The most prominent example of Todokanai Koi (届かない恋) fulfilling occurred during Kazusa’s normal route during Coda. Within the realm of classical music, it’s generally not that simple to wing performances. A performer is expected to attend rehearsal on a consistent basis, and a performer is expected to play day-in-and-day-out, for the sake of maintaining acuity. Within Kazusa’s normal route, Kazusa routinely skips practice. She promised herself that she’d stay alongside Haruki only for the Winter. After that, she would leave, like the melting snow welcoming in Spring.

With that said, in lieu of practice, she routine sex with Haruki. After all, she would always be able to play the piano, but staying by Haruki’s side was something of an ephemeral dream. As given from the events of her normal route, she had broken things off with Haruki forcibly on her own accord towards the end of the route. She, as a final farewell gesture, invited both Setsuna and Haruki to the concert. Her initial reason for returning to Japan, a country which she disliked because it reminded her of Haruki, was to play the piano for him after he asked her to. This would serve as an opportunity to to carry that out. When Kazusa begun to play, both Setsuna and Haruki were glued to the performance. Captivated by her performance, they didn’t say a word to the other. Instead, they listened.

This was a performance that Kazusa decided on as a means to redress two qualms: One, as a means of apology to her mother, who had been by her side consistently. She would give her the absolute best performance.  And two, as a means of keeping her obligation to Setsuna — she would return Haruki to her. By the end of the performance, Haruki was dejected, and in tears. Setsuna, had already left. By the third movement, Setsuna fully understood Kazusa’s feelings. She knew that she couldn’t win over Haruki at that point.  Todokanai Koi (届かない恋) was fulfilled once more, with Kazusa’s love reaching both Setsuna and Haruki.

For the concert, Kazusa played Schumann’s Piano Sonata No. 2. It’s a frequently-performed classical song, known for its “virtuosic demands” and “great variety.” Which means, it’s not simply a song playable through technical prowess alone. Within classical music, a pianist could be criticized as being too fastidious, and not spirited enough in actually conveying the proper sentiments of the piece. Generally, it’s a complaint tailored towards newer pianists, or children, without the life experience to connect the song with emotion.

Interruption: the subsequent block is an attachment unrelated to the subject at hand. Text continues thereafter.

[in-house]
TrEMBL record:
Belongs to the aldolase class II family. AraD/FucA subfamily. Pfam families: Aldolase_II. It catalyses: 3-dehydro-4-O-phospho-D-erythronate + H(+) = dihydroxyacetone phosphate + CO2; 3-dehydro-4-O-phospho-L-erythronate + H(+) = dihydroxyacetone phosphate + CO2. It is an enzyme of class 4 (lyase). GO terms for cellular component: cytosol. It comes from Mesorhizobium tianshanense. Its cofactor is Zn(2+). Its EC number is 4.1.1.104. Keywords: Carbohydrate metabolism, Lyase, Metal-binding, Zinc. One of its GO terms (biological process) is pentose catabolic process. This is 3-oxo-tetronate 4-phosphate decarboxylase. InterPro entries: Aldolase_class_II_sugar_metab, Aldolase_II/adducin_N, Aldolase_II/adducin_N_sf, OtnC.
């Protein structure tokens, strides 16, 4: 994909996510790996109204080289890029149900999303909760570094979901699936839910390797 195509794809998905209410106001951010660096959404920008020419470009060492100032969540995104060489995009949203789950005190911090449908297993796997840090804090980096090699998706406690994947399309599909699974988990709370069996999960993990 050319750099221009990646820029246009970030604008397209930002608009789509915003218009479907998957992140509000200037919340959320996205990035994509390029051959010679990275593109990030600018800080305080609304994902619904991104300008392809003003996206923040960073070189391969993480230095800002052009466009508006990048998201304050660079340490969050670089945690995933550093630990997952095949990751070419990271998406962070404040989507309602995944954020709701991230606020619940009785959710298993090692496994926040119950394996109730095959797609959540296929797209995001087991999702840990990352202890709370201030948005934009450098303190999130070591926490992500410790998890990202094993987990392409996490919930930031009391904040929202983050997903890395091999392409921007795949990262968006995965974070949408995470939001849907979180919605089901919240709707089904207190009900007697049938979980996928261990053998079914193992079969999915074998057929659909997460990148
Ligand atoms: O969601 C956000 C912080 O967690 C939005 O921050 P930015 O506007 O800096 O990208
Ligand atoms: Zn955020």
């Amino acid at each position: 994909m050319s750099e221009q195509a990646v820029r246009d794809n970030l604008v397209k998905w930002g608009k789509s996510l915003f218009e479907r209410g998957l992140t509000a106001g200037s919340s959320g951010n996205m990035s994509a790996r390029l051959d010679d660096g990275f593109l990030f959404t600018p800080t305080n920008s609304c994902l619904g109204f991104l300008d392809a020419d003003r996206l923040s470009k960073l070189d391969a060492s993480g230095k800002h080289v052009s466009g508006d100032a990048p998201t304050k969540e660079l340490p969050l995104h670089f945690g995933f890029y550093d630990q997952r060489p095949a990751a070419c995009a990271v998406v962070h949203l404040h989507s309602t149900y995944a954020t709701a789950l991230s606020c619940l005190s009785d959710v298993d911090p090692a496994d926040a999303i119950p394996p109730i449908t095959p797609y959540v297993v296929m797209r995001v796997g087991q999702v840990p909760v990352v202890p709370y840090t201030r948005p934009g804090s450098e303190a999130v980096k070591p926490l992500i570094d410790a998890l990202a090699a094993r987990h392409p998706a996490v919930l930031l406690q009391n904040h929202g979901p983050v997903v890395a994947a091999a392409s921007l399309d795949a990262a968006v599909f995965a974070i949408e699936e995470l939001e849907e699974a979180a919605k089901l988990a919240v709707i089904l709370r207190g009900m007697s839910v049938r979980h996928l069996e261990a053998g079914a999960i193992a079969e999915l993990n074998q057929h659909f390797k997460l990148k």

Schumann’s wife, Clara, on the topic of this particular work, was reputed to have written something along the lines of:

“I am endlessly looking forward to the second sonata. Your whole being is so clearly expressed in it.”

So, it’s a pretty difficult work. Both in emotion, and in mechanical execution. The pianist has to be caught up within the reverie of the piece, the pianist has to convey the sentiments of the song properly. Within the Introductory Chapter, Touma’s mother had invited Kazusa to Europe only because she saw something nascent within her daughter that had not been there previously. That something was nothing other than love. By the end of the performance, Kazusa, while maintaining the acumen of a concert pianist, conveyed her feelings, or her love, to the audience.

So Todokanai Koi (届かない恋), as depicted above, tells of a love that cannot reach. Recurrently within the work, Todokanai Koi (届かない恋) is fulfilled over and over again. One, in showing instances in which love doesn’t reach. And two, in showing instances in which it actually does reach. At the end of the day, a ‘love that cannot be’ is nothing short of conclusive. A love that cannot reach, has a meaning, which far extends beyond the surface.

To recapitulate, the concept is composed of a simple relationship between emitters and receivers. Emitters indiscriminately release their emotions, whereas receptors consciously, and willingly pick them up. The below section focuses more on ‘POWDER SNOW’, and Setsuna’s character, which ultimately tie up the work.

Proof of Pure Love

White Album 2 is a work which seeks to prove the existence of pure love. That existence itself is presented, and proven in a manner virtual to a proof. Facts are presented in form of history [or events which happen], and theory, in this instance, would be presented in form of concept. Todokanai Koi (届かない恋) serves as the central theory, or concept to the pith of the equation. Through this concept, the audience viscerally, and vicariously feels the emotions of the characters. It’s a concept, as mentioned, which provides a vivid image, and a concept, which manifests, in discernible, and poetic ways. Each of the characters convey the notion brilliantly in their own style.  Nevertheless, the central character of proving the existence of pure love, is without a doubt, Setsuna.